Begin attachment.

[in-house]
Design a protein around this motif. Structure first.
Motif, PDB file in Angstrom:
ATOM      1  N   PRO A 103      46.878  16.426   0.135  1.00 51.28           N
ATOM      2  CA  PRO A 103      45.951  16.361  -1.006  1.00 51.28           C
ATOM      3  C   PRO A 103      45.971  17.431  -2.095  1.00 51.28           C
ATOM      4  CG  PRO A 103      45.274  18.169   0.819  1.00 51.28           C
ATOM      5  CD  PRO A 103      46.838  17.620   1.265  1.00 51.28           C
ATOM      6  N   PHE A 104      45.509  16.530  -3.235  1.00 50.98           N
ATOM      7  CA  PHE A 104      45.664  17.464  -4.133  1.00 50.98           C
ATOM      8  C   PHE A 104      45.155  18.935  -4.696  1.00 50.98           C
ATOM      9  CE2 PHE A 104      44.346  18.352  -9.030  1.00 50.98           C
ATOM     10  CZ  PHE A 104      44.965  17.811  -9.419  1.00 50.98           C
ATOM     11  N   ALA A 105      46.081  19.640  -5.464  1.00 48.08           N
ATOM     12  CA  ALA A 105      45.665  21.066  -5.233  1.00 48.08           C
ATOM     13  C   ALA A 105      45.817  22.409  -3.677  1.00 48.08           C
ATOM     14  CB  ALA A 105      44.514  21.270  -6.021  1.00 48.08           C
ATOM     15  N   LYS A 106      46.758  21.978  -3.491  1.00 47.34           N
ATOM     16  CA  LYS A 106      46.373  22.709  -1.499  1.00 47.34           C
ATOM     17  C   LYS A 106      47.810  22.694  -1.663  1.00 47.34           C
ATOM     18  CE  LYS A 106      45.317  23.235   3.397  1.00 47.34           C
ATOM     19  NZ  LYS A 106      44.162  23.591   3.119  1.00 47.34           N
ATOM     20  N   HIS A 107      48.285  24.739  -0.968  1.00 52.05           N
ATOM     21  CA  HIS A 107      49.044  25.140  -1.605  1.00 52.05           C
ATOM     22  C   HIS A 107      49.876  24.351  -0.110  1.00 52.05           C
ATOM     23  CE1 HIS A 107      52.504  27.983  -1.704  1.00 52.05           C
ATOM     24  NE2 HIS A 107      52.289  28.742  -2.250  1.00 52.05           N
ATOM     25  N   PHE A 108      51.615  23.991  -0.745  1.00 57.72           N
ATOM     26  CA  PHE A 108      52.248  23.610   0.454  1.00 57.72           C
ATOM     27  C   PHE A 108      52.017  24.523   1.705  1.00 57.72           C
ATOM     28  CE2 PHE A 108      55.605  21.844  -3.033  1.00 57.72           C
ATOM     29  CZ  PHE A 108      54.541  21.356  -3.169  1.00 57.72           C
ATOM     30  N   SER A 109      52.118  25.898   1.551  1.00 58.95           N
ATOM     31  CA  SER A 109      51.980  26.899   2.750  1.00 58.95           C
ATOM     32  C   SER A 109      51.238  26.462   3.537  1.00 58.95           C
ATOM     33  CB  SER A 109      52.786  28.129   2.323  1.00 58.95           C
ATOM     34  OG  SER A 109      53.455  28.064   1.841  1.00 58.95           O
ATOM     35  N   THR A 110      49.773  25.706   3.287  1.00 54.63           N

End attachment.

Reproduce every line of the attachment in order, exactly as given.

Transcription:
[in-house]
Design a protein around this motif. Structure first.
Motif, PDB file in Angstrom:
ATOM      1  N   PRO A 103      46.878  16.426   0.135  1.00 51.28           N
ATOM      2  CA  PRO A 103      45.951  16.361  -1.006  1.00 51.28           C
ATOM      3  C   PRO A 103      45.971  17.431  -2.095  1.00 51.28           C
ATOM      4  CG  PRO A 103      45.274  18.169   0.819  1.00 51.28           C
ATOM      5  CD  PRO A 103      46.838  17.620   1.265  1.00 51.28           C
ATOM      6  N   PHE A 104      45.509  16.530  -3.235  1.00 50.98           N
ATOM      7  CA  PHE A 104      45.664  17.464  -4.133  1.00 50.98           C
ATOM      8  C   PHE A 104      45.155  18.935  -4.696  1.00 50.98           C
ATOM      9  CE2 PHE A 104      44.346  18.352  -9.030  1.00 50.98           C
ATOM     10  CZ  PHE A 104      44.965  17.811  -9.419  1.00 50.98           C
ATOM     11  N   ALA A 105      46.081  19.640  -5.464  1.00 48.08           N
ATOM     12  CA  ALA A 105      45.665  21.066  -5.233  1.00 48.08           C
ATOM     13  C   ALA A 105      45.817  22.409  -3.677  1.00 48.08           C
ATOM     14  CB  ALA A 105      44.514  21.270  -6.021  1.00 48.08           C
ATOM     15  N   LYS A 106      46.758  21.978  -3.491  1.00 47.34           N
ATOM     16  CA  LYS A 106      46.373  22.709  -1.499  1.00 47.34           C
ATOM     17  C   LYS A 106      47.810  22.694  -1.663  1.00 47.34           C
ATOM     18  CE  LYS A 106      45.317  23.235   3.397  1.00 47.34           C
ATOM     19  NZ  LYS A 106      44.162  23.591   3.119  1.00 47.34           N
ATOM     20  N   HIS A 107      48.285  24.739  -0.968  1.00 52.05           N
ATOM     21  CA  HIS A 107      49.044  25.140  -1.605  1.00 52.05           C
ATOM     22  C   HIS A 107      49.876  24.351  -0.110  1.00 52.05           C
ATOM     23  CE1 HIS A 107      52.504  27.983  -1.704  1.00 52.05           C
ATOM     24  NE2 HIS A 107      52.289  28.742  -2.250  1.00 52.05           N
ATOM     25  N   PHE A 108      51.615  23.991  -0.745  1.00 57.72           N
ATOM     26  CA  PHE A 108      52.248  23.610   0.454  1.00 57.72           C
ATOM     27  C   PHE A 108      52.017  24.523   1.705  1.00 57.72           C
ATOM     28  CE2 PHE A 108      55.605  21.844  -3.033  1.00 57.72           C
ATOM     29  CZ  PHE A 108      54.541  21.356  -3.169  1.00 57.72           C
ATOM     30  N   SER A 109      52.118  25.898   1.551  1.00 58.95           N
ATOM     31  CA  SER A 109      51.980  26.899   2.750  1.00 58.95           C
ATOM     32  C   SER A 109      51.238  26.462   3.537  1.00 58.95           C
ATOM     33  CB  SER A 109      52.786  28.129   2.323  1.00 58.95           C
ATOM     34  OG  SER A 109      53.455  28.064   1.841  1.00 58.95           O
ATOM     35  N   THR A 110      49.773  25.706   3.287  1.00 54.63           N